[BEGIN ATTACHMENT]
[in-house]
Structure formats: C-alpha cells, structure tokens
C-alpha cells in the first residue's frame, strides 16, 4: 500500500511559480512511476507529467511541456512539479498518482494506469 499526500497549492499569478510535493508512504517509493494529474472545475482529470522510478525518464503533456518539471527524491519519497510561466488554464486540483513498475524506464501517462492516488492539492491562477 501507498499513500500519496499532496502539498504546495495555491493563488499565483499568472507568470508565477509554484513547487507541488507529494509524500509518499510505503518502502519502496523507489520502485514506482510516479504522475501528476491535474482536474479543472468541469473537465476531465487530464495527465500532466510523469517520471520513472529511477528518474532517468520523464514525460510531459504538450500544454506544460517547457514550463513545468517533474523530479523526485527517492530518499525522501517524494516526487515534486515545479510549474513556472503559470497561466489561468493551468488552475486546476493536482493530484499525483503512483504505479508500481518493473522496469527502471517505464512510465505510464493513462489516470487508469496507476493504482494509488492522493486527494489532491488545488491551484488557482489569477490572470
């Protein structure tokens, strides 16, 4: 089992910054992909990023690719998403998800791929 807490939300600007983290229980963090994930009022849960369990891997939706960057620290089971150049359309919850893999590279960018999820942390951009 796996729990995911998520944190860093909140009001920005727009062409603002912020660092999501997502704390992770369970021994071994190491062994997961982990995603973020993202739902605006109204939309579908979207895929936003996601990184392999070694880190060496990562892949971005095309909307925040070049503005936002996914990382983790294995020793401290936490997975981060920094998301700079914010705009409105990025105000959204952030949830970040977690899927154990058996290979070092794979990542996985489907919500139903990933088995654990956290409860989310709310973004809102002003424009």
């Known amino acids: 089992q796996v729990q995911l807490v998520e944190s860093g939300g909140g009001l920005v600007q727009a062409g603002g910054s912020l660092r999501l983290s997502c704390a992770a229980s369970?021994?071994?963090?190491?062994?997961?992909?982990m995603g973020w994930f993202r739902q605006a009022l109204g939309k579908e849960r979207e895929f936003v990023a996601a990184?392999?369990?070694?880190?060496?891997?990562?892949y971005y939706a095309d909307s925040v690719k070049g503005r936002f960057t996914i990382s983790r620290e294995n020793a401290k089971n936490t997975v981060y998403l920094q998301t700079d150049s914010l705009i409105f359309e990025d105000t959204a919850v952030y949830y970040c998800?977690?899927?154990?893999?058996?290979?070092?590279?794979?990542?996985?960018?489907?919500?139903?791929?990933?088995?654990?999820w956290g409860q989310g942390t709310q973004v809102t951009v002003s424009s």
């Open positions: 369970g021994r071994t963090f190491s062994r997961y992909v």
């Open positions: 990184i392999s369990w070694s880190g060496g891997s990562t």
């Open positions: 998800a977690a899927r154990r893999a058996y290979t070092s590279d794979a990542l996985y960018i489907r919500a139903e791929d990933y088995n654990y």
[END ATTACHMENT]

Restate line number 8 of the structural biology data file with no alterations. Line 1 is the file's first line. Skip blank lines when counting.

């Open positions: 998800a977690a899927r154990r893999a058996y290979t070092s590279d794979a990542l996985y960018i489907r919500a139903e791929d990933y088995n654990y």